Hi, Vassar! I hope you’re all enjoying settling into spring break for a well-deserved midterms reward. Up until now I’ve mostly blogged about my international travels from my study abroad experience in London, but now I want to spend some time telling all y’all about how much I love living in the city! For variety’s sake, here’s a “listicle” about my favorite parts of living in London.
1. How easy it is to access culture!
In London, the transit is cheap and most museums are free. In the few months I’ve been in the UK, I’ve seen more exhibits, art shows and performances than I have in all my years of college combined. The access to cultural experiences is fantastic in London. Not only is the city a center for the arts, but it works hard to make those experiences accessible. All the largest museums are free, and those that aren’t either have discount tickets or events that let you experience it for free. For example, instead of paying about fifteen bucks to walk around Westminster Abbey, I went to an open Evensong service for free. I not only got to see the Abbey, but also got to hear the choir and participate in some very British cultural rituals. Performances, too, are easy for students to access; I saw the Royal Shakespeare Comany’s Henry IV Part I with a five-pound student ticket. I even get to sit in a real seat in the stalls instead of standing or behind a pole like some theaters.
2. The infrastructure.
Today in Washington, D.C. and Maryland, where I’m from, the entire metro system is down for over 24 hours due to maintenance and safety issues. This isn’t really a surprising failure from one of the most annoying transit systems I’ve ever encountered—but it couldn’t be more opposite from the kind of transit I’m used to in London. In London, the buses are always on time, the tube is pretty dependable, and the overground trains are typically affordable. There’s space for me to sit more often than not. I can always figure out how to get home from an unfamiliar place. Since the fares for all types of London public transport come off one refillable contactless card (called Oyster), getting around the city couldn’t be easier, and Vassar refills my Oyster card every month or so. Not only am I in a city with great cultural access, but my actual physical access to those spaces is so easy and I love it!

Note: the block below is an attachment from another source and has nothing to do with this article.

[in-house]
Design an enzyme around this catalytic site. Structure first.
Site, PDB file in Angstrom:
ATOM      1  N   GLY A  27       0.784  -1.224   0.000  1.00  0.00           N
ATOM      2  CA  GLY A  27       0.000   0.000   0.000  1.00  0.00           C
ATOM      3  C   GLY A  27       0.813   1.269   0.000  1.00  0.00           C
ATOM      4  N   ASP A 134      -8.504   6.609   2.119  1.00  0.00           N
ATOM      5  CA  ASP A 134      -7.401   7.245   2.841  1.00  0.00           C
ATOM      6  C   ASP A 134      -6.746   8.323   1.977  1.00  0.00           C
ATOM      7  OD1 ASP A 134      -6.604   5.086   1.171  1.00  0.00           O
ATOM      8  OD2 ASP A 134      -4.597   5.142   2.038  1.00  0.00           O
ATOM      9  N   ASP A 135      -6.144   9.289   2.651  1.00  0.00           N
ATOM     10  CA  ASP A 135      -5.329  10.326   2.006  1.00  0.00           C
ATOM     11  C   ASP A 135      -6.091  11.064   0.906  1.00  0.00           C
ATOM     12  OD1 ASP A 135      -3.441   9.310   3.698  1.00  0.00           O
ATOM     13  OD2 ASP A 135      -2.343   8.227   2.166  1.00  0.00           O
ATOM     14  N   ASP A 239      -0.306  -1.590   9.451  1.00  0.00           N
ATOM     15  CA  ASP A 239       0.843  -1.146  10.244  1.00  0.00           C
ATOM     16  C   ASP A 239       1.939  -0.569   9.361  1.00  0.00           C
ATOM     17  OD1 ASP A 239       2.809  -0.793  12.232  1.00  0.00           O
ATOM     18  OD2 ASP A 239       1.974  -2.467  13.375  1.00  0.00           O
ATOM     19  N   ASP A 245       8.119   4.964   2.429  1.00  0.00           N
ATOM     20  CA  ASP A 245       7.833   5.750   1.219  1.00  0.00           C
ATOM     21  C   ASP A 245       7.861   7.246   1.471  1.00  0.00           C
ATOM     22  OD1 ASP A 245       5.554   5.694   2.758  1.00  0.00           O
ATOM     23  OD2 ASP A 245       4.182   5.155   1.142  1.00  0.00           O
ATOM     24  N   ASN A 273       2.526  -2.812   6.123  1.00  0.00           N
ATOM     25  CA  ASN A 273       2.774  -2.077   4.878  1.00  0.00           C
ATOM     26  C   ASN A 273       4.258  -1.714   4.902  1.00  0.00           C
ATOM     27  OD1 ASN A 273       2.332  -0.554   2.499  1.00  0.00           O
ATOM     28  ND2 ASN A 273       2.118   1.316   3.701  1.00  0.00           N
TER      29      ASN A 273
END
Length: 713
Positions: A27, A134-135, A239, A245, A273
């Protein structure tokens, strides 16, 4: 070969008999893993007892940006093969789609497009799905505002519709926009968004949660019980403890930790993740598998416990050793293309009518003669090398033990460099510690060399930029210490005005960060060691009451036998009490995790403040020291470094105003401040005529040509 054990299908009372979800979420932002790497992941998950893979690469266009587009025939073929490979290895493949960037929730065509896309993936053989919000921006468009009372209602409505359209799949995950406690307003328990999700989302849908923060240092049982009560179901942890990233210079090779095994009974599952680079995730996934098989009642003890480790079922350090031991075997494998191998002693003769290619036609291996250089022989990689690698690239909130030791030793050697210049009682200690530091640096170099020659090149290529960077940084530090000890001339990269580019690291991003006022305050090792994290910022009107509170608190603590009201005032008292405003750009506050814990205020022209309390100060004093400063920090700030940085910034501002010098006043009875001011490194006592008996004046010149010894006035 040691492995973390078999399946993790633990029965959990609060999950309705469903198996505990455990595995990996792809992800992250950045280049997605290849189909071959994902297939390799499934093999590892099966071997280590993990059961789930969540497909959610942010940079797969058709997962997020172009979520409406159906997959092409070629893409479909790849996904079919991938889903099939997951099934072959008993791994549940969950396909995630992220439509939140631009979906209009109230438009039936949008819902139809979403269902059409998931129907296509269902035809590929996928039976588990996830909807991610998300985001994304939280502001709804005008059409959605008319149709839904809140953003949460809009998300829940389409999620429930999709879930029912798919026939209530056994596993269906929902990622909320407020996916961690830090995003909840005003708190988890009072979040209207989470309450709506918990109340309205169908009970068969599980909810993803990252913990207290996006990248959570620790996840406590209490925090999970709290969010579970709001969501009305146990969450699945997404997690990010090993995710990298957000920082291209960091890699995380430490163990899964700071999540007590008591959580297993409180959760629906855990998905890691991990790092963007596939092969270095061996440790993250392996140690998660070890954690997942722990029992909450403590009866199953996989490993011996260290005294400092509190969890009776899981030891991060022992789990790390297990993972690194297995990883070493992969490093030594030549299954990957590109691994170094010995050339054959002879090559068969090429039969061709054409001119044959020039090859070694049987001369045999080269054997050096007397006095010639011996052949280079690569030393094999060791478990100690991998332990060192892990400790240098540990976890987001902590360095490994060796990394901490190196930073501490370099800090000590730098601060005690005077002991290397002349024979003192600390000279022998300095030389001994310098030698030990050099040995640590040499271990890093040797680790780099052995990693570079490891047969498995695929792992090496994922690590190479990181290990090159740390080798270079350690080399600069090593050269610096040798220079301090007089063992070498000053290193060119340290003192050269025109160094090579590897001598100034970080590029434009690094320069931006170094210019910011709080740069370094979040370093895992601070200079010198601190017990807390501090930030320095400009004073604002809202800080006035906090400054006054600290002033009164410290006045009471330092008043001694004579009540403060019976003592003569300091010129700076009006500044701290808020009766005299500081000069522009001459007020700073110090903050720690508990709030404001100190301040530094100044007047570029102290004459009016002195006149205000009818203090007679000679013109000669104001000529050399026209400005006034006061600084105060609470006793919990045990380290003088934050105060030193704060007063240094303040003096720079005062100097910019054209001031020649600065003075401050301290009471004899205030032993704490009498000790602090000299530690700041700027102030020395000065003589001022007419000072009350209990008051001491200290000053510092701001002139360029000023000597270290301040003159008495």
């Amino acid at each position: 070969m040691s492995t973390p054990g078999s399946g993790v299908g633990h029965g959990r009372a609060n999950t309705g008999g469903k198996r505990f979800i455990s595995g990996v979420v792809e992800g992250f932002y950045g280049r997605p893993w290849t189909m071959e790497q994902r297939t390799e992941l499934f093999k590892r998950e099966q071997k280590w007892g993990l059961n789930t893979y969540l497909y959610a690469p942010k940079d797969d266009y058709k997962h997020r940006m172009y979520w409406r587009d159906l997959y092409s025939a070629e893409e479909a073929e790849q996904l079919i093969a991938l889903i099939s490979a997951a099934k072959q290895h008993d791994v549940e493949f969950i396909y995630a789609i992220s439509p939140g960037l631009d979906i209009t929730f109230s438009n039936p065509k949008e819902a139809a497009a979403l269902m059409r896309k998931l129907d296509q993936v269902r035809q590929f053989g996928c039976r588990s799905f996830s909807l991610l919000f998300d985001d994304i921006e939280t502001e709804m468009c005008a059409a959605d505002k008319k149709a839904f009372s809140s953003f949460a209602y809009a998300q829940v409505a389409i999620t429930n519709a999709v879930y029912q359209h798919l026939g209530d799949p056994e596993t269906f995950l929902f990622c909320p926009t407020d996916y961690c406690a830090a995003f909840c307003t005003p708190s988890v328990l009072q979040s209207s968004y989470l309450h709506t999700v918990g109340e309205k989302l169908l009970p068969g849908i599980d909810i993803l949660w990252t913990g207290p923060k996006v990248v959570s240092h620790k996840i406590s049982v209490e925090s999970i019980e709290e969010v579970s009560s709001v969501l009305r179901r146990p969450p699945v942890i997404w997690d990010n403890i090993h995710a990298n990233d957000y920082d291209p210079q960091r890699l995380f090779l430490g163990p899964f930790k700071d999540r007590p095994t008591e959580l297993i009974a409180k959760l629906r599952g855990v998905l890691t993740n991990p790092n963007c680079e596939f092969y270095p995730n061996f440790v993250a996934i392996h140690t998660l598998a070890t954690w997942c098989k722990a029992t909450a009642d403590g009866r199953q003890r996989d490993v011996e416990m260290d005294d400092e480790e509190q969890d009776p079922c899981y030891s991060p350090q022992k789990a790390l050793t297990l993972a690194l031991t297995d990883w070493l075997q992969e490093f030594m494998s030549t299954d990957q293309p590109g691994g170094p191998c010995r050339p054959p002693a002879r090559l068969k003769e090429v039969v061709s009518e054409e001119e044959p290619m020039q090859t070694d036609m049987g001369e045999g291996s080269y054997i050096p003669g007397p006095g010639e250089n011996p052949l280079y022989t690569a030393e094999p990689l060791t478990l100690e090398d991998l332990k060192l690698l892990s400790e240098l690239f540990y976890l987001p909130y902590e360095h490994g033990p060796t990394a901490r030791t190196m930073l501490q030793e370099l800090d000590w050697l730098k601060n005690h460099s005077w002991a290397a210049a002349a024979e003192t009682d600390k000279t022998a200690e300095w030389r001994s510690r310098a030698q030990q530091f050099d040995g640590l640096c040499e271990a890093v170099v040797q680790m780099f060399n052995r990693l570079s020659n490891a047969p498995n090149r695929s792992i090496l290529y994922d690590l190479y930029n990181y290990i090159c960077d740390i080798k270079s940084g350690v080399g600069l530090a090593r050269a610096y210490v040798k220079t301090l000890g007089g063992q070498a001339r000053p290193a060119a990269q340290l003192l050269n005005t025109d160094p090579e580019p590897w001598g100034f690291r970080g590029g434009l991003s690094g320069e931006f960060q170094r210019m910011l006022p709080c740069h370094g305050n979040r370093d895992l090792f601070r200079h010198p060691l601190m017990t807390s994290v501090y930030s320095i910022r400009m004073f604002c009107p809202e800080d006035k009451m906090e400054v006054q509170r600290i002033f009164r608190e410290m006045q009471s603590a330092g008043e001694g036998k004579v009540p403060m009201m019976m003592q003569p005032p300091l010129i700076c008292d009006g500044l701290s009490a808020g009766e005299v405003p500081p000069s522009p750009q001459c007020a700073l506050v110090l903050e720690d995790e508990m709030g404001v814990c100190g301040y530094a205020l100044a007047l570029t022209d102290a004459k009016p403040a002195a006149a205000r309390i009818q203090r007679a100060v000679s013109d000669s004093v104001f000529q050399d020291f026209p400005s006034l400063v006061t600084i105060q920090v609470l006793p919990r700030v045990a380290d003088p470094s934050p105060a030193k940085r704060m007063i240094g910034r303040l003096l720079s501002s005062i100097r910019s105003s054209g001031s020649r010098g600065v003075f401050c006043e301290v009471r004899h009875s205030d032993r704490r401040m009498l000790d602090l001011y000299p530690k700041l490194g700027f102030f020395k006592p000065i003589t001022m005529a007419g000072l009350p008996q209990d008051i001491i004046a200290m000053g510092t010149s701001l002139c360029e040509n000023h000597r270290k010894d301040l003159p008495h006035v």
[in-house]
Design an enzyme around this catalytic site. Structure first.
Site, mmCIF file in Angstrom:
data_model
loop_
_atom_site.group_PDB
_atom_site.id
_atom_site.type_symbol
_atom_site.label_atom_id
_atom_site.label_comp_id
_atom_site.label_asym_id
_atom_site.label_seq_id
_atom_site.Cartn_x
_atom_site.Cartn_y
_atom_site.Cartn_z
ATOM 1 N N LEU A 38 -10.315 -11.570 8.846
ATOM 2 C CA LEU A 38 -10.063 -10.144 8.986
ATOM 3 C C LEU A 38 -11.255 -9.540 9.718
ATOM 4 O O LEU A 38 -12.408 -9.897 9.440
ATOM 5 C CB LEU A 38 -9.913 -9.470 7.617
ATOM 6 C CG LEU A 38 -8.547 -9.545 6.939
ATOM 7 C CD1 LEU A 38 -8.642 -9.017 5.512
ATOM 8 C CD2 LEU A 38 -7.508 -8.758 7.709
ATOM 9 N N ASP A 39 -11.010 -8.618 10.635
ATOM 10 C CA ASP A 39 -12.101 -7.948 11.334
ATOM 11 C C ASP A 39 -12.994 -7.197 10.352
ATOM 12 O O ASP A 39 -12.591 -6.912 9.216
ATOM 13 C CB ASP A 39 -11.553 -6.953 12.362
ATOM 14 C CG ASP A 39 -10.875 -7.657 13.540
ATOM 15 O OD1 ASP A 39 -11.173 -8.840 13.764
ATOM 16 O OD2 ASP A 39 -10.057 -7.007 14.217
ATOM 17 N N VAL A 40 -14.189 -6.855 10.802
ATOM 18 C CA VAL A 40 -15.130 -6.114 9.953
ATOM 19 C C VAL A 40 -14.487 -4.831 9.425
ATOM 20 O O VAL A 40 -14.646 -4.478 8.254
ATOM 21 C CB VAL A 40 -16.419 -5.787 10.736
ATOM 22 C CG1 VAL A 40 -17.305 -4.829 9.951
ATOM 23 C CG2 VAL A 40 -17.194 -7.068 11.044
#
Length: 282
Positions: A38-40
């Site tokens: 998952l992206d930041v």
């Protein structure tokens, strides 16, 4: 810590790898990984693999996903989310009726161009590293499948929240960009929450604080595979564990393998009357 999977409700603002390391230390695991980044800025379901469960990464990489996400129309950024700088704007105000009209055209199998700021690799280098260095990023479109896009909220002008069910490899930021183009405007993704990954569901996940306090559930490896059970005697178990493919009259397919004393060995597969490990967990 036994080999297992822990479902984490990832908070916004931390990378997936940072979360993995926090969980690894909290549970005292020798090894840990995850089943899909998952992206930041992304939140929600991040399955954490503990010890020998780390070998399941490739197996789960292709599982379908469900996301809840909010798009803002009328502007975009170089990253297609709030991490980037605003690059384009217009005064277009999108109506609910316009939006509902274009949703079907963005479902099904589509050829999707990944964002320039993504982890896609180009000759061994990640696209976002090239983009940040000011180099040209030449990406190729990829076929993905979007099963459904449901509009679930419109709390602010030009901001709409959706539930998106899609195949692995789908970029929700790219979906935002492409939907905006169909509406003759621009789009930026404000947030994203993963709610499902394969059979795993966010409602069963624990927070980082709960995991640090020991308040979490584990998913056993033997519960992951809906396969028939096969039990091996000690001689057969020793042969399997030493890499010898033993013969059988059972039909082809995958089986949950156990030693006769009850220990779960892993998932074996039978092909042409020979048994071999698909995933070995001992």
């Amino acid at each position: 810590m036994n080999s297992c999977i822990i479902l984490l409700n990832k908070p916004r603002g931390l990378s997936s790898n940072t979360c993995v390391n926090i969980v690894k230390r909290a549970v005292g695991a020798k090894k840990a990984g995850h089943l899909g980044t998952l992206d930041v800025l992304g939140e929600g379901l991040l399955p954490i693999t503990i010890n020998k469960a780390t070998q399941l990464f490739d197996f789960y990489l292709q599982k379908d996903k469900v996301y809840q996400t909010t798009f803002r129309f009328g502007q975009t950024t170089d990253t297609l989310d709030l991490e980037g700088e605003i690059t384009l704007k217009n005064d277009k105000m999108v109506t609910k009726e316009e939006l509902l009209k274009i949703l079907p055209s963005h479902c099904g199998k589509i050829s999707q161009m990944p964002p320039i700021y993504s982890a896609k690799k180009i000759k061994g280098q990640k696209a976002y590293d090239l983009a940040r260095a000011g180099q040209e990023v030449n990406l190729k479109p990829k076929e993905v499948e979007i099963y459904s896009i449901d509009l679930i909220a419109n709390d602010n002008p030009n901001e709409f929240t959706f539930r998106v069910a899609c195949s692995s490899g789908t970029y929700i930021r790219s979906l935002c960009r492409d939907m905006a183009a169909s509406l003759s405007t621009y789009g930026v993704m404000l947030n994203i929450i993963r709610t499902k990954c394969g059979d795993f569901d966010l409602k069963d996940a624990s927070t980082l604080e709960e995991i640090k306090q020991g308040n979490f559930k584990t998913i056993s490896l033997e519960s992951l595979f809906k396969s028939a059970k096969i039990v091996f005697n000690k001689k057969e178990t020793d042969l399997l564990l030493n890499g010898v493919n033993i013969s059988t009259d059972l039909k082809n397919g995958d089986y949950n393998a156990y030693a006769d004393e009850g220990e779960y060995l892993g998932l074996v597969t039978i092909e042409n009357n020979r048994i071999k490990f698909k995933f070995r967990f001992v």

3. The uniquely British brisk cheerfulness
At first I was going to label this item “friendliness,” but that’s not quite right. The British (in my personal experience here) aren’t exactly friendly so much as they are indomitably cheerful in a brisk, impeccably polite, going-about-your-business kind of way. It can be hard to start a conversation, but you are guaranteed spotless civility, orderly queues, and clipped “cheers” for holding doors. This kind of orderliness and positivity was especially helpful in my first few weeks. Instead of being yelled at for being a confused tourist (looking at you, Paris metro), I found everyone infinitely patient and infallibly courteous. I was actually shocked when my constant repetition of “sorry!/Sorry, oops/Sorry, I don’t know/Wait, sorry …” in my first few days of total incompetence were met not with eye rolls but with actual responses like “No problem” and “cheers.” You know, treating me like a human being who was flustered, confused, and in need of help. I want to extend a general thanks to all the cashiers, tube employees, and classmates who politely helped me flail my way through London while I learned to count British coins, buy unrefrigerated eggs, and use a tube station like a normal person instead of milling about in the way. Thanks for making me feel welcome when I felt lost. Your nod and brisk “cheers!” reassured me that I was doing okay.
My next blog will be my last as my time in London comes to an end, but I will have a lot to report! Our awesome director is stuffing our last days full of outings and activities so we can wring every last drop of London out of the weeks we have left. Talk to you then!